Reaching 5800 m.a.s.l. (meters above sea level) by Bicycle!
After almost 600 days on the road, cycling around the world, we felt pretty confident that there was little left that could really intimidate us. But that opinion quickly changed when we decided to undertake our greatest adventure yet, cycling up one of the highest roads in the world.
The dormant Uturuncu volcano in the very southwest of Bolivia, towering at just over 6000 m.a.s.l., is unique in the sense that it has a road going almost all the way up to the top.
Built, once upon a time, to reach the vast sulfur deposits near the peak, the former mining road is still in reasonably good condition and occasionally used by adventurous tourists who get driven up in 4x4s.
Our previous record, a few months earlier in Peru, was just under 5000 m.a.s.l., an altitude that was already mind-blowing to us at the time.
But the adventure of cycling on one of the highest roads in the world actually began a few days before our final ascent, when we left the city of Uyuni, next to the famous salt flat in Bolivia.
South of Uyuni, in the “Reserva Nacional Eduardo Avaroa” is the “Ruta de Las Lagunas“, a trail that goes straight through the national park, along some of the lagoons and landmarks the park is famous for.
The Ruta de Las Lagunas is not only known for its isolation and spectacular landscapes but also for its terrible road conditions.
An endless mix of rocks, washboard, and deep sand makes cycling absolutely impossible at times, or slows you down to a walking pace, even when pedaling.
We quickly realized that cycling up the Uturuncu wouldn’t be the only challenge, we’d have to get there first…
The route officially starts after the town of Villa Alota, which itself is already 150 km southwest of Uyuni, and then winds its way along the Laguna Hedionda, towards the Laguna Colorada, and further south until you reach the Chilean border.
To reach the Uturuncu, you need to take quite the detour though, cycling over 50 km in the wrong direction towards Quetena Chico, a small village at the foot of the volcano.
There is only extremely limited infrastructure in the whole region, and so we ended up carrying around five days worth of food and two days of water, although this turned out to be too much.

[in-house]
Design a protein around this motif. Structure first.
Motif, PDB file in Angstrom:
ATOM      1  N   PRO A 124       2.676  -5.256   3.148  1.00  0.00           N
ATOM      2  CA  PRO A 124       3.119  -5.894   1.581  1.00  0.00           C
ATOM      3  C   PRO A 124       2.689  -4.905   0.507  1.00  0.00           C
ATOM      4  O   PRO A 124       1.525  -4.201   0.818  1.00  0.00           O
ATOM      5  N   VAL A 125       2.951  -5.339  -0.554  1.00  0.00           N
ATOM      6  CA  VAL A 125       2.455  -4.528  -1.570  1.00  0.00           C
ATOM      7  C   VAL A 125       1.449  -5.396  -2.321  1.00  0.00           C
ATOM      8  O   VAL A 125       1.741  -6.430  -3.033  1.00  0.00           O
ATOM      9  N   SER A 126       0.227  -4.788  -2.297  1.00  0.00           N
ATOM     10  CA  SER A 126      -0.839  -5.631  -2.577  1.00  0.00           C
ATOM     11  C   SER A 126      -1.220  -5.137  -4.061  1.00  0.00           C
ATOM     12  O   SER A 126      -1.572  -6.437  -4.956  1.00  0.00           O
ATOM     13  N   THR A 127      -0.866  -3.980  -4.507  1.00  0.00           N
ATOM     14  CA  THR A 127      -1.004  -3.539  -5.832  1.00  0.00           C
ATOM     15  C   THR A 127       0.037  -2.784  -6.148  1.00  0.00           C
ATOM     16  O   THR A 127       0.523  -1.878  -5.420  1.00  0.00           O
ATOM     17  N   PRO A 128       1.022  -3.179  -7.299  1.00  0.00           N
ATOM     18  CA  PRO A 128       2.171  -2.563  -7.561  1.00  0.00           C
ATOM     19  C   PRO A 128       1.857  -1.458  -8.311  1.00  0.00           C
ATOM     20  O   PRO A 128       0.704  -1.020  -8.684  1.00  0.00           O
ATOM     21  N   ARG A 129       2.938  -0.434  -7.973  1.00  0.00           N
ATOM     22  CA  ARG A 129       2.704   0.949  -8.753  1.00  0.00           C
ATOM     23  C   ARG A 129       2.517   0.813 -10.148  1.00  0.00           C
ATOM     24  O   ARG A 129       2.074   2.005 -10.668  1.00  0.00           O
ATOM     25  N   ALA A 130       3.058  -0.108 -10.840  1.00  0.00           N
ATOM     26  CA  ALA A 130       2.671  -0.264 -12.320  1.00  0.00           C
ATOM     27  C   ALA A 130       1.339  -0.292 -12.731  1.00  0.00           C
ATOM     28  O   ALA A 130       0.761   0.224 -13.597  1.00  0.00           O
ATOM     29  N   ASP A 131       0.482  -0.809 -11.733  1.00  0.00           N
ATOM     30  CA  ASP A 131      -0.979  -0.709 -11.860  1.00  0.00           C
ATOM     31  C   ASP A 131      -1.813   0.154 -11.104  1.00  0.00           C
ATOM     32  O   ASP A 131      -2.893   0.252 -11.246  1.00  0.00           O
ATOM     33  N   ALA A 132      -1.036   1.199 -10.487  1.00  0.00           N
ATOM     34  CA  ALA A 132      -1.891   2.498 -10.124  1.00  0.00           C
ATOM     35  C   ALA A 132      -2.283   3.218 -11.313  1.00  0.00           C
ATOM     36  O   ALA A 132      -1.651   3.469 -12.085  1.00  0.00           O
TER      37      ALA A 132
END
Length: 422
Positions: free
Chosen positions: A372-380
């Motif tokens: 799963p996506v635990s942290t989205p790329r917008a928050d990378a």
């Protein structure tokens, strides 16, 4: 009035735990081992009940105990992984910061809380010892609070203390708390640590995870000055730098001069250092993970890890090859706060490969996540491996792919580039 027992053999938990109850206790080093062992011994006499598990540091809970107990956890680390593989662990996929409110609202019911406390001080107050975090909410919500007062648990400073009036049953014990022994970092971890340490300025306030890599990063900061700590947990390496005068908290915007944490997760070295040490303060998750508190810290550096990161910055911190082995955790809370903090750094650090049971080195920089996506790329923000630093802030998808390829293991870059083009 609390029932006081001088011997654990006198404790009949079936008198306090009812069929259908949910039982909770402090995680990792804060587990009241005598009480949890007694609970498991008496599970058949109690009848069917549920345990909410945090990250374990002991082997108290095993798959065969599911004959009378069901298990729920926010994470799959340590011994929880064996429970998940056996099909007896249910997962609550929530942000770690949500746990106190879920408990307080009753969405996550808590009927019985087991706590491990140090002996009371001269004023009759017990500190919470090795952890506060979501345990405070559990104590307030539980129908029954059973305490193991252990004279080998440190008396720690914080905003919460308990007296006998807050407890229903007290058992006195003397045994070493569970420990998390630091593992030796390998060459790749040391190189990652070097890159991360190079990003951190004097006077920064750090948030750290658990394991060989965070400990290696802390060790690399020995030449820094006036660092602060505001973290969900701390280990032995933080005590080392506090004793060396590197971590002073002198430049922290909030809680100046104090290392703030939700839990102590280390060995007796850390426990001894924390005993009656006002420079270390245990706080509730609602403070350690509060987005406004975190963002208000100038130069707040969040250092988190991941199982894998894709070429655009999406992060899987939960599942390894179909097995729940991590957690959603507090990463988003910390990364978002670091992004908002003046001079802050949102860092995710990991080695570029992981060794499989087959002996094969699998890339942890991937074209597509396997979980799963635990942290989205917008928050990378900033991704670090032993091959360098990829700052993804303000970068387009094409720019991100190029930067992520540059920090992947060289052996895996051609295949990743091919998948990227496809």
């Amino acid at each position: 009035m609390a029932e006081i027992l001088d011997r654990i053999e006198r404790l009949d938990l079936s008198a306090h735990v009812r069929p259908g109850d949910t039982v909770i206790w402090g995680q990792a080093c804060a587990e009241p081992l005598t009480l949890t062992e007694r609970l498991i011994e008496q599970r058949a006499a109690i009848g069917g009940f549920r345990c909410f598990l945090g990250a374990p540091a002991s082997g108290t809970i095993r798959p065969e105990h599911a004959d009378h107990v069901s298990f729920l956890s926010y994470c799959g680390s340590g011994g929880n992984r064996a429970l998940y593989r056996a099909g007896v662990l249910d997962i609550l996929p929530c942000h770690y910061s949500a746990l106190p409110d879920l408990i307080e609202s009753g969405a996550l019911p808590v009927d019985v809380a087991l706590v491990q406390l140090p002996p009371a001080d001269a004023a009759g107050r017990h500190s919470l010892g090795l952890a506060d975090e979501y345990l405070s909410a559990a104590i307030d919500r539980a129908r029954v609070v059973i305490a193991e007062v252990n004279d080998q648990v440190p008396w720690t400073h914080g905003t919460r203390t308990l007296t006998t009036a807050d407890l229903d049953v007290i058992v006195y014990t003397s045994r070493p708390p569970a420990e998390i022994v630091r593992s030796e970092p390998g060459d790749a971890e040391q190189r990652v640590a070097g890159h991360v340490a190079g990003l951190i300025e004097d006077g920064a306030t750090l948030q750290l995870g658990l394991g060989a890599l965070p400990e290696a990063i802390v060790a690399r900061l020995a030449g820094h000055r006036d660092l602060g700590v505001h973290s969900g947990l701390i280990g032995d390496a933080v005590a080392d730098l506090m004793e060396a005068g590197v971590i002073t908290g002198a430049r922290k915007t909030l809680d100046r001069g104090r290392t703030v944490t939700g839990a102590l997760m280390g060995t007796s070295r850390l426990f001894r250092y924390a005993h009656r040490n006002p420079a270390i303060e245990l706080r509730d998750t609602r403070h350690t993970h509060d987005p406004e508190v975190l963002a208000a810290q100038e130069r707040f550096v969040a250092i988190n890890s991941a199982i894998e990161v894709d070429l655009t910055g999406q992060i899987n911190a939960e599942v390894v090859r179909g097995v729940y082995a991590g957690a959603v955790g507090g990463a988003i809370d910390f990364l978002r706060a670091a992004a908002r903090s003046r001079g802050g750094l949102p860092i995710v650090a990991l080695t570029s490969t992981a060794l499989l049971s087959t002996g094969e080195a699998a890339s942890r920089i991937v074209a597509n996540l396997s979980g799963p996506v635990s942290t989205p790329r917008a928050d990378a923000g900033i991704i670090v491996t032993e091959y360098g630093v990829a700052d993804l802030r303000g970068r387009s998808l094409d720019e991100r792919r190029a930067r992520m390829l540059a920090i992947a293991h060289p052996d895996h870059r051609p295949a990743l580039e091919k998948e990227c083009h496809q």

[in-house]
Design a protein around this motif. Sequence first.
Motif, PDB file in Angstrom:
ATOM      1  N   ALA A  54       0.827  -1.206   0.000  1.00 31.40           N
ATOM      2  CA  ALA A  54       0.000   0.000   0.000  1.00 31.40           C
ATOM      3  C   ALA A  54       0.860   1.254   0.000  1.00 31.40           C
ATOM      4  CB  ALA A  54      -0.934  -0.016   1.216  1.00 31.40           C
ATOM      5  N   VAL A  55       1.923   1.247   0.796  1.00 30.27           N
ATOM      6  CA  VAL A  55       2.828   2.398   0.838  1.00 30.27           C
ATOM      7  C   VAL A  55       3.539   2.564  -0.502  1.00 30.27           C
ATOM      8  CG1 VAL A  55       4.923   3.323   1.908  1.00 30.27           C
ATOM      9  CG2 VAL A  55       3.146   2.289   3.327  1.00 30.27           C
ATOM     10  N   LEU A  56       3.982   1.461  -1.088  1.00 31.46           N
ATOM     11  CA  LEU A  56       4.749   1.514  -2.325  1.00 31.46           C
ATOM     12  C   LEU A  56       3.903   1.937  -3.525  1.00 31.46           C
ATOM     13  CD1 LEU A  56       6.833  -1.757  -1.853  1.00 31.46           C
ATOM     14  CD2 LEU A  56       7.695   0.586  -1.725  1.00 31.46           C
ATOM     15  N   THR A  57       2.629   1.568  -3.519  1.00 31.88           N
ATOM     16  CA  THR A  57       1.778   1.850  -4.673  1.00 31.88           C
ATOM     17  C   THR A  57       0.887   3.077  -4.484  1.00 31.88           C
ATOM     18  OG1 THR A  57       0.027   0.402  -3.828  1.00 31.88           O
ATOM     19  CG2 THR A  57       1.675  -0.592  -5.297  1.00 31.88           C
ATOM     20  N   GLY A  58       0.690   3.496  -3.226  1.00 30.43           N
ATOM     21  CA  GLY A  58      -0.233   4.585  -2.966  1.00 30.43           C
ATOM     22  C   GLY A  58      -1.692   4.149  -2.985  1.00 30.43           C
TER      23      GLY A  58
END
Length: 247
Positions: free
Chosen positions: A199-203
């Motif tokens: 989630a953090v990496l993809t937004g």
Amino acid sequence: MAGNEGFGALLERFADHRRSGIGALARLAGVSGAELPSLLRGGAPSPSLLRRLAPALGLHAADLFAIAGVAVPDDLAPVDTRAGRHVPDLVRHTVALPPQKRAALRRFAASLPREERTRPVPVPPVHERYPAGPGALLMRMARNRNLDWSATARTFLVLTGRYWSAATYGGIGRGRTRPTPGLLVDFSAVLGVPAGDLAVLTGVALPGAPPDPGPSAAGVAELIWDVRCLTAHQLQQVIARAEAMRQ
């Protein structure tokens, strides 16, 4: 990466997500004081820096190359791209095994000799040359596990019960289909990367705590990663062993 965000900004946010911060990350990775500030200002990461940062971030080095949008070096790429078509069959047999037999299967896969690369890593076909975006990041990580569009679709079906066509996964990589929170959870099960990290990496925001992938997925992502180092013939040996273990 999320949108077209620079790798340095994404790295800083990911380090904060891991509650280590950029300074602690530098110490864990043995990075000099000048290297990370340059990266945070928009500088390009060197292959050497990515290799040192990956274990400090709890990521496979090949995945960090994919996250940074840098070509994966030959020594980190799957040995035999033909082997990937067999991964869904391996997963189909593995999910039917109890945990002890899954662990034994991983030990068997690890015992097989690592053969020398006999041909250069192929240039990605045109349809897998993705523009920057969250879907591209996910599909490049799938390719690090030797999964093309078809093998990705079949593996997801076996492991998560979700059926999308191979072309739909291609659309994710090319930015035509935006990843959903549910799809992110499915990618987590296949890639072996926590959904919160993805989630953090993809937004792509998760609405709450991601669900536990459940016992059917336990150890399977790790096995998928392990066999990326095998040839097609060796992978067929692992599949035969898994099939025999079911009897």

While the region is very remote, it is also a popular tourist destination, meaning you have dozens of 4x4s on the trail with you that often give out water and sometimes even food.
Every 70-100 km you will then also have a small settlement where you can stock up on very basic necessities. It took us six long days to reach Quetena Chico from Uyuni, but then finally the time came, and we would attempt to cycle one of the highest roads in the world!
Having left a good portion of our gear in the village at the foot of the Uturuncu, to reduce the weight of our bikes, we set out early to get up as high as we could the first day.
While the distance of the road from the village up to the summit is only 33 km, the amount of positive elevation gain is well over 2000 meters.
Starting at around 4200 m.a.s.l., the first 12 km are rolling hills, before the road then finally winds its way up the western shoulder of the twin-peaked giant.
And even though the surrounding landscape is all well above 4000 meters in altitude, the Uturuncu with its’ 6000 meters still looks impressive and incredibly intimidating.
At this point, it was strange to think that tomorrow morning we might be standing at the very top!
A few hours after we had left the village and started the switchbacks up the shoulder of the volcano, the blue sky disappeared, as thick storm clouds began to build.
Just as we had reached 5000 m.a.s.l., the final spot of blue sky vanished and it was clear we would have to find cover fast.
Cycling in Bolivia in January means cycling in a lot of rain, or rather at this altitude, a lot of snow. Our days on the Ruta de Las Lagunas had already taught us that the weather could turn extremely quickly in the national park and that when it changed, it really changed.